I dunno about sucking because they are quite good for documentation, but I tend to write plain-old unittests instead of doctests when I'm testing without any pretense towards writing documentation. If you test internals of a class in a doctest, the doctest body gets pretty cluttered, which tends to defeat the documentation-esque-ness of them.

Being able to set a breakpoint in the test body is important for me too. I probably could be setting breakpoints once I'm in the debugger, but it's often easier to just stuff in a pdb.set_trace() before the line of code that I want to examine. And putting a set trace in a unittest is a natural thing to do, because you know the set trace will only get invoked once during a test run (as opposed to putting it right in the app code, where it might get invoked "by accident" through a different test). Setting breakpoints in unittest- tests is typically more fruitful than putting them in doctest-tests for the reasons that have been talked about in this thread.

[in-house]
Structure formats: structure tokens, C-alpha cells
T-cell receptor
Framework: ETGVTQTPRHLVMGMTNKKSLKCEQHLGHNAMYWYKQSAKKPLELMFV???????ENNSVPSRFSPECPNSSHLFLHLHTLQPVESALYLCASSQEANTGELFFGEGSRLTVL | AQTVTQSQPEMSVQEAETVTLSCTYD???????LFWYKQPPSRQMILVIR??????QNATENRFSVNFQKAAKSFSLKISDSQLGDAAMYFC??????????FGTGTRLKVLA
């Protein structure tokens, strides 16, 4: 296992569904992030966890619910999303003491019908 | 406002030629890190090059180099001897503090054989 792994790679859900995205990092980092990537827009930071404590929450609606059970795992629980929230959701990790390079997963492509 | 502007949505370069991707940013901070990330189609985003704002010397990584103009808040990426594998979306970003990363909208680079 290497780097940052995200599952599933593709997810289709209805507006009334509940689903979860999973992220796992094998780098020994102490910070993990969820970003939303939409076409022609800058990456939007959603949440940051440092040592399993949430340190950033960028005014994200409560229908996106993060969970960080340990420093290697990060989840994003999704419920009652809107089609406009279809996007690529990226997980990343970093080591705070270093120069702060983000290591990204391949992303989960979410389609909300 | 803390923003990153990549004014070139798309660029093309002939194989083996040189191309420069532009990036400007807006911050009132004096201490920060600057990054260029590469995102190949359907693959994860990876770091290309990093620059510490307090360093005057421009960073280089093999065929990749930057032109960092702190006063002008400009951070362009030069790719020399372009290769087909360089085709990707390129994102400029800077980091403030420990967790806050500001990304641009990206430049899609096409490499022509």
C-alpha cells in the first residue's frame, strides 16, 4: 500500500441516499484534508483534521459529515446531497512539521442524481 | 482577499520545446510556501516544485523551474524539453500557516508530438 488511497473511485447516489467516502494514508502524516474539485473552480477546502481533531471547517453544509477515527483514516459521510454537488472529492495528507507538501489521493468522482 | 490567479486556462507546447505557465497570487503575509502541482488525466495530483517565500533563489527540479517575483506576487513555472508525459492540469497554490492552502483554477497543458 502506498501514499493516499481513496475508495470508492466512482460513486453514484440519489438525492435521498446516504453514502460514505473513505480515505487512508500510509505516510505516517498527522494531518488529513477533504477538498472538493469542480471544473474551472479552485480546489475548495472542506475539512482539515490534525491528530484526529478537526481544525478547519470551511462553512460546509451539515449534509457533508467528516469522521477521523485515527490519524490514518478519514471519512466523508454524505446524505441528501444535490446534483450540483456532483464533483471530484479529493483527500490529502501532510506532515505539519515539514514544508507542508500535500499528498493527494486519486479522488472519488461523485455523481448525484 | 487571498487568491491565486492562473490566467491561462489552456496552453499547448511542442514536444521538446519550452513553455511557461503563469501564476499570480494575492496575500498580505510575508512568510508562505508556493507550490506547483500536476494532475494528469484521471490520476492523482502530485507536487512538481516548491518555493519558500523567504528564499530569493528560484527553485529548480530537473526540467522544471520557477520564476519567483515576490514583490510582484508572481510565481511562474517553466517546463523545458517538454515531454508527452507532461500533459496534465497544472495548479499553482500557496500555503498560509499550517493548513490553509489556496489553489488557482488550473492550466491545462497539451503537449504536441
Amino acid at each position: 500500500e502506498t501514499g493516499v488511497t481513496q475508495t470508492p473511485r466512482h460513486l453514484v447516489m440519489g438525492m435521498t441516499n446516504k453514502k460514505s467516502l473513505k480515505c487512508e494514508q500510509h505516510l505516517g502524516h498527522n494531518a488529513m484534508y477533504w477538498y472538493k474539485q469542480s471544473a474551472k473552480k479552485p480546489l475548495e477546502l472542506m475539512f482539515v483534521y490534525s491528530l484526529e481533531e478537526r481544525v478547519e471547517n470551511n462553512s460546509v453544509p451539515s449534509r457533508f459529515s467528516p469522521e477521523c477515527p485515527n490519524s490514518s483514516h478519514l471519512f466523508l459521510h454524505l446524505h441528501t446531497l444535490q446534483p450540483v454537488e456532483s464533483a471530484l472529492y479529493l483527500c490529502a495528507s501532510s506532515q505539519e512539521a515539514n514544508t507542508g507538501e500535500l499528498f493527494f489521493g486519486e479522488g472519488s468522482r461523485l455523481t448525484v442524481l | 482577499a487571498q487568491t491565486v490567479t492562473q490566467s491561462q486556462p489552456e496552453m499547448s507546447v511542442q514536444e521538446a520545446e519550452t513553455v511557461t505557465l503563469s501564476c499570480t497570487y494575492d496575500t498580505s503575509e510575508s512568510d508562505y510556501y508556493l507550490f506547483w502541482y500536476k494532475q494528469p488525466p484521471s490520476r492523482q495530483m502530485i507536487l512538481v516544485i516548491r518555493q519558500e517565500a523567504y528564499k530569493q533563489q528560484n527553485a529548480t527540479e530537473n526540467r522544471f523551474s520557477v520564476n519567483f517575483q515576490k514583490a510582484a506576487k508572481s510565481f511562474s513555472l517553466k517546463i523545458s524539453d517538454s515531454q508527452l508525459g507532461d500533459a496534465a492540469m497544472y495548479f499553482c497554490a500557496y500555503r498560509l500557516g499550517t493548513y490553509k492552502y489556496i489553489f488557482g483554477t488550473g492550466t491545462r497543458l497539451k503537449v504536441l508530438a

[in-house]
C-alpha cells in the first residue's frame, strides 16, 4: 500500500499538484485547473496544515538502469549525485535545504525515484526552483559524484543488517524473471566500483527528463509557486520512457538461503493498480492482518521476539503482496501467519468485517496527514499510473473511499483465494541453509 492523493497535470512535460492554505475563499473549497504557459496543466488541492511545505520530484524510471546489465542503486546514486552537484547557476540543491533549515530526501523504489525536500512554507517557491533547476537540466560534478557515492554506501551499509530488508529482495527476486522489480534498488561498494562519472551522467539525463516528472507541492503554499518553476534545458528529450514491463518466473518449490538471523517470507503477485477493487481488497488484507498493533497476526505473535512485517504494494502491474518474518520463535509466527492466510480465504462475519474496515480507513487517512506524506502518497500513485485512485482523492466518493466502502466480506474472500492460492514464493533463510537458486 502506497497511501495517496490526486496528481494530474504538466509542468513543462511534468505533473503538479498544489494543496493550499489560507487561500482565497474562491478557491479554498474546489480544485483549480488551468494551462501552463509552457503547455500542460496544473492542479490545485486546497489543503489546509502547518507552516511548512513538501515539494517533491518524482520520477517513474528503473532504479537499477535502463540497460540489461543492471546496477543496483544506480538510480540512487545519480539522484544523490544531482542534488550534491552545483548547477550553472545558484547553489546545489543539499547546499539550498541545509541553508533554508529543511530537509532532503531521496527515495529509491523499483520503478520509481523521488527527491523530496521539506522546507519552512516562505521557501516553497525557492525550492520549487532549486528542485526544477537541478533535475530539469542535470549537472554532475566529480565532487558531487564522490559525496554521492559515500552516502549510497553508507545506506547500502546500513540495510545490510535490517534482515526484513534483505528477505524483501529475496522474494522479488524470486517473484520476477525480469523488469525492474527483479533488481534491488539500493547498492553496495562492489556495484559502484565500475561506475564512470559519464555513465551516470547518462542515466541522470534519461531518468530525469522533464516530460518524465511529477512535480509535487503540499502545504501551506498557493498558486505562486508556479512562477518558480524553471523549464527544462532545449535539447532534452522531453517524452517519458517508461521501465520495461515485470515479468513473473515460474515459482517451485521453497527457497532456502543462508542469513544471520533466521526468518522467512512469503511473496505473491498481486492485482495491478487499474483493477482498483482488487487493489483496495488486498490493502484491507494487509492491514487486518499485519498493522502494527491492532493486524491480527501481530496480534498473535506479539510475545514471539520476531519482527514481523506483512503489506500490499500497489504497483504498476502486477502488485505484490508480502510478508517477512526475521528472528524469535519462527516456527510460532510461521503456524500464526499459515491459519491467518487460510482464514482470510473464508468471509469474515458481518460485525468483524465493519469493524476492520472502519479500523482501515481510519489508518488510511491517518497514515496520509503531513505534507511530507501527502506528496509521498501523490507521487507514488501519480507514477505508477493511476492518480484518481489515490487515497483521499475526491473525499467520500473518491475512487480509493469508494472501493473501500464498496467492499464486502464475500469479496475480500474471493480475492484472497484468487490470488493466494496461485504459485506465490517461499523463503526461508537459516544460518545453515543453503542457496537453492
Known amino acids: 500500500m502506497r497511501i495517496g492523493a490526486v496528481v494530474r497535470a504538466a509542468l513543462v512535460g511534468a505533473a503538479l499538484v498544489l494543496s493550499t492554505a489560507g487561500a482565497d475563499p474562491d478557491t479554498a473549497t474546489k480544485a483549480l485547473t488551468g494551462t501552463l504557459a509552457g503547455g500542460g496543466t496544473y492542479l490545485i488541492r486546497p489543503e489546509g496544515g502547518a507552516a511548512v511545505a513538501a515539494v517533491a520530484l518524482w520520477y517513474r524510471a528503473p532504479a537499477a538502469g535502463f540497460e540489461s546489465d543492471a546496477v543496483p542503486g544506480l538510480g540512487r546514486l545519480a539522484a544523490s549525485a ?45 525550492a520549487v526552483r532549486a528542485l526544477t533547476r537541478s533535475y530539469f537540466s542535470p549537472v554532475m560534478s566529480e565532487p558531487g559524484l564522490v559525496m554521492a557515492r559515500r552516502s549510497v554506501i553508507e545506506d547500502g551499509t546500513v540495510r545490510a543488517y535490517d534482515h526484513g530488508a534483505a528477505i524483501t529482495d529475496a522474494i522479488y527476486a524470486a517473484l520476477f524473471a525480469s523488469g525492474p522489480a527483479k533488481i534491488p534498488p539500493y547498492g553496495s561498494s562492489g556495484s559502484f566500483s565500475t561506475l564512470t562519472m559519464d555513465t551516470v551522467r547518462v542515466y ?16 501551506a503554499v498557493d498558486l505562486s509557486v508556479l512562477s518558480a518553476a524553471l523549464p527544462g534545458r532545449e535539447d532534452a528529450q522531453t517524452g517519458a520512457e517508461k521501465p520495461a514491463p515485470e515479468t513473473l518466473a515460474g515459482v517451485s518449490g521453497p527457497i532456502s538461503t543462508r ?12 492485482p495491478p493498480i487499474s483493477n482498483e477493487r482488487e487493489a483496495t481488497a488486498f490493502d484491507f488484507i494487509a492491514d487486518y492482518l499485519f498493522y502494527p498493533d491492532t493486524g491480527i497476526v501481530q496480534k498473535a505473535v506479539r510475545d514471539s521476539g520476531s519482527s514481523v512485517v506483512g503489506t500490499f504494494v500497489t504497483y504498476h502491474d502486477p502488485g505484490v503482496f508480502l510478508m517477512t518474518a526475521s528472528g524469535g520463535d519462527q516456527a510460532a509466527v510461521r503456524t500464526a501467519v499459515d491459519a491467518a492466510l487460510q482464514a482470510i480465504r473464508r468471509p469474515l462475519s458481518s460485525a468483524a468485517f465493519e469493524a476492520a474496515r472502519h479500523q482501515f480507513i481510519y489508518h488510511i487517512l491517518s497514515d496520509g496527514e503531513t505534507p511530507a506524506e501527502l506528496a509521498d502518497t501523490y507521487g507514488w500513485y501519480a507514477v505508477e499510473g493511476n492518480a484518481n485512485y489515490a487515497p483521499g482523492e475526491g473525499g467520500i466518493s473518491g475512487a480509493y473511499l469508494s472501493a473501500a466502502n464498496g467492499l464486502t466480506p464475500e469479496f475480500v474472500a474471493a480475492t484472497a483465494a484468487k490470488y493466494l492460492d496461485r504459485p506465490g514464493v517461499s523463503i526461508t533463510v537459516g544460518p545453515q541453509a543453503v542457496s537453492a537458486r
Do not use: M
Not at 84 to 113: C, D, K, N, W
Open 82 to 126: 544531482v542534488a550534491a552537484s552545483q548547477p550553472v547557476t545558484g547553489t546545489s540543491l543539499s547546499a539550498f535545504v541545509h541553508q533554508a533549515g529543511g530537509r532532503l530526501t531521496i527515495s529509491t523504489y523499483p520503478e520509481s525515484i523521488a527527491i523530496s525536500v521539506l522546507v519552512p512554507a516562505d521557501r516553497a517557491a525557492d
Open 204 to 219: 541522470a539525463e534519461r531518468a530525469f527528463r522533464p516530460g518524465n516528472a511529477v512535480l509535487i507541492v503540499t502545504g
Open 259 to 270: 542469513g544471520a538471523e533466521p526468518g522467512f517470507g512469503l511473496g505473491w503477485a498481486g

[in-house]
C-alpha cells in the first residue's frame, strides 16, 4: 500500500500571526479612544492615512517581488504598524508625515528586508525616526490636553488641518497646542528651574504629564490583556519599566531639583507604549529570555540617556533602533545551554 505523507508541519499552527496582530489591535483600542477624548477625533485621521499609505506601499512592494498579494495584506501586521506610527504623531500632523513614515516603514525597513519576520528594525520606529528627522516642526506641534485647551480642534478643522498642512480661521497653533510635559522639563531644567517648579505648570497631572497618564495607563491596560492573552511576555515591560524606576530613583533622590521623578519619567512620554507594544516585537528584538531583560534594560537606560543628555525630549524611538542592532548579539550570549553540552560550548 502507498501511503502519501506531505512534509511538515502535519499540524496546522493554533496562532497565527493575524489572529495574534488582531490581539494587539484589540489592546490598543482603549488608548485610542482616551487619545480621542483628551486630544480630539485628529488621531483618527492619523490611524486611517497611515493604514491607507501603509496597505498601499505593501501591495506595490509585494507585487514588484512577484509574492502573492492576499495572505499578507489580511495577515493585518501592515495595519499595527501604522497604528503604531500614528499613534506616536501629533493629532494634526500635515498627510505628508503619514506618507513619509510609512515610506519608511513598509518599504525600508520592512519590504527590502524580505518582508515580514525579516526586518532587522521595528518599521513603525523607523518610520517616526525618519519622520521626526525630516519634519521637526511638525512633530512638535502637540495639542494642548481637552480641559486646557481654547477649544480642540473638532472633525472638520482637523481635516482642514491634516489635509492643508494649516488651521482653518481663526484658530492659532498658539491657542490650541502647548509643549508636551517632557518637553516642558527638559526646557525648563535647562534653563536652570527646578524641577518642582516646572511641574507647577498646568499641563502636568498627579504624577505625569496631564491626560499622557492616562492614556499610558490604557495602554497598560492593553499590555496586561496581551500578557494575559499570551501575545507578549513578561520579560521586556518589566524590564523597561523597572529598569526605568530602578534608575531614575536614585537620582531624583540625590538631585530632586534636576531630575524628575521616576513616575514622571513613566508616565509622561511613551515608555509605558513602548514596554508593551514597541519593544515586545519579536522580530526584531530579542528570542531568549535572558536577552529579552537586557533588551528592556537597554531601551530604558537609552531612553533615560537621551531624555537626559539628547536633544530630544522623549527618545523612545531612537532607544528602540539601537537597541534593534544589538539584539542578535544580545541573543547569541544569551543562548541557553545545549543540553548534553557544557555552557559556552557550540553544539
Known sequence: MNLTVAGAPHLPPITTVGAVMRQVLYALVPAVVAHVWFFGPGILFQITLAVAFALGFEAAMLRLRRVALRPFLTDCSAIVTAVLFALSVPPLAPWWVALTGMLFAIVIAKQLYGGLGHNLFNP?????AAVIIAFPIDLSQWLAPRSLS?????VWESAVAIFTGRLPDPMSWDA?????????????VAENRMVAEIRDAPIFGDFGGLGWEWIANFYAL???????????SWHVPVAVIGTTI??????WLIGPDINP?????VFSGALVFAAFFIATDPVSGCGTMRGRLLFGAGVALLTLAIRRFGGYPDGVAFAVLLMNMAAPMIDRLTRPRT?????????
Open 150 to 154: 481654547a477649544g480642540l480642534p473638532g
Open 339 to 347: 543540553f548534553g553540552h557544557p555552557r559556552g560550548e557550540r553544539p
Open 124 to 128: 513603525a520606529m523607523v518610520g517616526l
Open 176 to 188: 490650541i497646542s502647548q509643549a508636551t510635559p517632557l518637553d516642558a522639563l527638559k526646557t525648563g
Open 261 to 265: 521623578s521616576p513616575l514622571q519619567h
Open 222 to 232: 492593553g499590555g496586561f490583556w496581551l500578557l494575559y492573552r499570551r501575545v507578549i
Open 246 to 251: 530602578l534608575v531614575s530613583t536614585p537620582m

- C

On Feb 23, 2006, at 11:27 AM, Lennart Regebro wrote:

On 2/23/06, Gary Poster <[EMAIL PROTECTED]> wrote:
You effectively can't step through all the tests (with a single
pdb).  You can step through a single line in the test well.  While it
sounds limiting, that has proved quite sufficient for me in
practice.  YMMV, of course.

Sigh. doctests really do suck.

Lennart Regebro, Nuxeo     http://www.nuxeo.com/
CPS Content Management     http://www.cps-project.org/
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